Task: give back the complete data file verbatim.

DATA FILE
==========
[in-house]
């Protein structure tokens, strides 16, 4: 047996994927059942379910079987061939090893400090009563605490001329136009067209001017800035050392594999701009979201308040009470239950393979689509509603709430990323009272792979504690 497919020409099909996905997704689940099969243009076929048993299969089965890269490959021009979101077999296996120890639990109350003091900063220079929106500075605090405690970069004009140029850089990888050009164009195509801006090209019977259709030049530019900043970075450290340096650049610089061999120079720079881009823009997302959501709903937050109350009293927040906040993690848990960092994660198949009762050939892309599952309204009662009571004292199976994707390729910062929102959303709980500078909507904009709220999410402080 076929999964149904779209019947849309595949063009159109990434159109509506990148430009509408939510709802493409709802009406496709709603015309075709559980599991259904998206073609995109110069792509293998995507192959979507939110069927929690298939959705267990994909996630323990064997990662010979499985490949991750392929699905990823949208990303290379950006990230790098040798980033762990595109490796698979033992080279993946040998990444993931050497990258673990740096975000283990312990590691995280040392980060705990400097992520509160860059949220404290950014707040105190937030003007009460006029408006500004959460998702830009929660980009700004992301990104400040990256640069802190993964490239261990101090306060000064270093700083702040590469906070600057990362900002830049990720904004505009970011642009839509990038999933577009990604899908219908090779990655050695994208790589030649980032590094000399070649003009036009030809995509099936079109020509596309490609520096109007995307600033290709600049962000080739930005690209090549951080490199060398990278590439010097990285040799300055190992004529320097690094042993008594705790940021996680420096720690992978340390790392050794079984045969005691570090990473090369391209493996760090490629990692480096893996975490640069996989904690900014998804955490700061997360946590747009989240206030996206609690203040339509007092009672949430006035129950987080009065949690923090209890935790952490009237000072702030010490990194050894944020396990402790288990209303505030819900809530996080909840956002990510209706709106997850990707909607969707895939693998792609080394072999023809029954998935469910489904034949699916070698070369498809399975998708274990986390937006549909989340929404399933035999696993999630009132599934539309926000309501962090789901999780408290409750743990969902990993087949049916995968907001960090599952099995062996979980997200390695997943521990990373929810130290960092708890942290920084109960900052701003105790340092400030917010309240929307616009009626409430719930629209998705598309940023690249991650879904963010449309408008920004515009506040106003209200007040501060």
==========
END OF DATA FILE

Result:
[in-house]
């Protein structure tokens, strides 16, 4: 047996994927059942379910079987061939090893400090009563605490001329136009067209001017800035050392594999701009979201308040009470239950393979689509509603709430990323009272792979504690 497919020409099909996905997704689940099969243009076929048993299969089965890269490959021009979101077999296996120890639990109350003091900063220079929106500075605090405690970069004009140029850089990888050009164009195509801006090209019977259709030049530019900043970075450290340096650049610089061999120079720079881009823009997302959501709903937050109350009293927040906040993690848990960092994660198949009762050939892309599952309204009662009571004292199976994707390729910062929102959303709980500078909507904009709220999410402080 076929999964149904779209019947849309595949063009159109990434159109509506990148430009509408939510709802493409709802009406496709709603015309075709559980599991259904998206073609995109110069792509293998995507192959979507939110069927929690298939959705267990994909996630323990064997990662010979499985490949991750392929699905990823949208990303290379950006990230790098040798980033762990595109490796698979033992080279993946040998990444993931050497990258673990740096975000283990312990590691995280040392980060705990400097992520509160860059949220404290950014707040105190937030003007009460006029408006500004959460998702830009929660980009700004992301990104400040990256640069802190993964490239261990101090306060000064270093700083702040590469906070600057990362900002830049990720904004505009970011642009839509990038999933577009990604899908219908090779990655050695994208790589030649980032590094000399070649003009036009030809995509099936079109020509596309490609520096109007995307600033290709600049962000080739930005690209090549951080490199060398990278590439010097990285040799300055190992004529320097690094042993008594705790940021996680420096720690992978340390790392050794079984045969005691570090990473090369391209493996760090490629990692480096893996975490640069996989904690900014998804955490700061997360946590747009989240206030996206609690203040339509007092009672949430006035129950987080009065949690923090209890935790952490009237000072702030010490990194050894944020396990402790288990209303505030819900809530996080909840956002990510209706709106997850990707909607969707895939693998792609080394072999023809029954998935469910489904034949699916070698070369498809399975998708274990986390937006549909989340929404399933035999696993999630009132599934539309926000309501962090789901999780408290409750743990969902990993087949049916995968907001960090599952099995062996979980997200390695997943521990990373929810130290960092708890942290920084109960900052701003105790340092400030917010309240929307616009009626409430719930629209998705598309940023690249991650879904963010449309408008920004515009506040106003209200007040501060």